SR: Your extensive personal history of living and traveling in different parts of the world clearly informs the comfort with which you describe exotic locales and inject regional flavor into your characters’ natural speaking styles. I’d like to hear about your thoughts on globalization and the modern writer.
JCM: Get out there. It doesn’t even have to be beyond your state, though it should be, but get out there. Writers know people. We don’t know everyone perfectly, or understand every situation, but we create people and situations for a living. That’s our job. The wider a spectrum you’re seeing, the wider the range of color you have to work with when writing your interpretation of what you’ve seen.
Are my strategies too oblique? I don’t think so. Literature is looking for new voices in developing countries, and for stories that are not of the more common European flavor. Although it’s a collection of short stories rather than a novel, So Long, Been Dreaming (Nalo Hopkinson, Ed.) is a great example of speculative fiction pieces that draw on African, Asian, Polynesian and other voices that we haven’t been hearing a lot of in the past.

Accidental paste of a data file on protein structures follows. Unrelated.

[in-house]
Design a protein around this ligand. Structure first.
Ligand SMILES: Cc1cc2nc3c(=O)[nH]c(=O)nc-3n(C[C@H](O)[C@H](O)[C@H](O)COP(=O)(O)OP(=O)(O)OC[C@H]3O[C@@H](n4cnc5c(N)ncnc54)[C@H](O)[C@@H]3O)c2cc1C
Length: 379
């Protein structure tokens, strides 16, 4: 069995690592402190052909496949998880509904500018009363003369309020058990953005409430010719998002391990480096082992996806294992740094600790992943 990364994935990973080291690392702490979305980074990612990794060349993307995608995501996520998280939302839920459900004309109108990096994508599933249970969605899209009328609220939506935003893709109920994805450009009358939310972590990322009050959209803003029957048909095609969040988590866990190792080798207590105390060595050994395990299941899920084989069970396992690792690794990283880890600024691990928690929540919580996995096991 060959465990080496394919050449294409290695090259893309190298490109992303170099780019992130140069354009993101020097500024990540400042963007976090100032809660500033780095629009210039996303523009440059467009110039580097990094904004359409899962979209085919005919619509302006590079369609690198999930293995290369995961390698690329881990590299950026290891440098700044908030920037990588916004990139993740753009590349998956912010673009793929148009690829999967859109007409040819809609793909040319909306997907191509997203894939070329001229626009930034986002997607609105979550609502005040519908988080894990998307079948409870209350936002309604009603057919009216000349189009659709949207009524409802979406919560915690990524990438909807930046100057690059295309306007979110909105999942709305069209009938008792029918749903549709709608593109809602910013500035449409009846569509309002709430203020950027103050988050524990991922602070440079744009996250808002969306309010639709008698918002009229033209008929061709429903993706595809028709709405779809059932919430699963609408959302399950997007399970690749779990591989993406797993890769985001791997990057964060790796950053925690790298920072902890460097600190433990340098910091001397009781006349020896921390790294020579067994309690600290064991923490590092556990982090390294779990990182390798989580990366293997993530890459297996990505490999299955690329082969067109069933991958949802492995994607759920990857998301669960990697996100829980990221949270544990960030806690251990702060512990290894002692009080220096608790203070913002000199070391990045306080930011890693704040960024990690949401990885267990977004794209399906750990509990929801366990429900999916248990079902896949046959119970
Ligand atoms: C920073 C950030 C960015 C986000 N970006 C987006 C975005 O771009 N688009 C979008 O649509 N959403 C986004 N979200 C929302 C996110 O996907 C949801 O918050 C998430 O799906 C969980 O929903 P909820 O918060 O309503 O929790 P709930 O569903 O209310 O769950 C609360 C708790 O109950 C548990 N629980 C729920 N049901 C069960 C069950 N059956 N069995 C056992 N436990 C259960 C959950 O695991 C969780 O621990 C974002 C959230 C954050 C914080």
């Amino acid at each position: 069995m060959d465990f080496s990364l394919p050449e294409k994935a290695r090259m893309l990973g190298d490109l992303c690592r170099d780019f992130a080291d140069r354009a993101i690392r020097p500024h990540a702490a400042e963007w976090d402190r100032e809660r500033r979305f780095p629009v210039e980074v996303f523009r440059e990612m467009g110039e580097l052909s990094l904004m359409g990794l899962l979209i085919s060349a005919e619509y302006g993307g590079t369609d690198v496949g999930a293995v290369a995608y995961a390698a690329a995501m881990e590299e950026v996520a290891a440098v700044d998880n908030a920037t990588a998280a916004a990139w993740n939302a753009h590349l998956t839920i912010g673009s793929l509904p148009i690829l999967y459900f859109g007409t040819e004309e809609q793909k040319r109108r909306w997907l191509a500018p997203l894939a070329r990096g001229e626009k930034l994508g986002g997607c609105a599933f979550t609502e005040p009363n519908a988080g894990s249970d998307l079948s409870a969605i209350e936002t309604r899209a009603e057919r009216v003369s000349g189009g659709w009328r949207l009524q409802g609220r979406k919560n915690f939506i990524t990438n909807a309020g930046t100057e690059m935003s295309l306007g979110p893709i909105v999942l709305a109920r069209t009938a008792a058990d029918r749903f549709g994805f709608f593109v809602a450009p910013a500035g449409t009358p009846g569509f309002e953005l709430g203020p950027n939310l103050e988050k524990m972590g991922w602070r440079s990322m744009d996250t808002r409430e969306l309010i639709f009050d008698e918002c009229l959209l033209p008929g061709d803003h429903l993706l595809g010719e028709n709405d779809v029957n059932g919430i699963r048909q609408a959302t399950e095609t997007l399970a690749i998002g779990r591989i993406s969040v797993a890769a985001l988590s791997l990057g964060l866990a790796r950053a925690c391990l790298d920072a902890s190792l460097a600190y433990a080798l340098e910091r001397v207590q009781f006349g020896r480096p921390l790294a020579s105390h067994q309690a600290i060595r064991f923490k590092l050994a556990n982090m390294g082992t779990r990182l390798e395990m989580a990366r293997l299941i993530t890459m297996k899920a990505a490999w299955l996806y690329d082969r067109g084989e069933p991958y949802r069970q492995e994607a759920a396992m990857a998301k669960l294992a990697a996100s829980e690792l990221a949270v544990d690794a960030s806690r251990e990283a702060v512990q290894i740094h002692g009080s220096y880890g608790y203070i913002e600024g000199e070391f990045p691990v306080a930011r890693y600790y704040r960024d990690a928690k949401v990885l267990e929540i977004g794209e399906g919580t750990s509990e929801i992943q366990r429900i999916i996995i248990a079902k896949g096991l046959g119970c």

I taught in Japan in the late 1980s and early 1990s, and know folks teaching English in Thailand right now. I think it’s great to get out into another culture, and there are plenty of ways to get there. The view of what your culture and society is like when seen from another culture in another country is invaluable to any person, and particularly to a writer. Human similarities far outweigh our differences, and yet there are so many small and large differences to be seen, experienced and understood out there, and so many stories that come from this great mass of humanity on the planet.
Also there’s a lot of great food out there to be eaten, so I suggest traveling for that reason too.
SR: Is it difficult for you to take your “editor” hat off while you write? If so, what are your tips for others who may be struggling with that problem? If not, how the heck do you do that?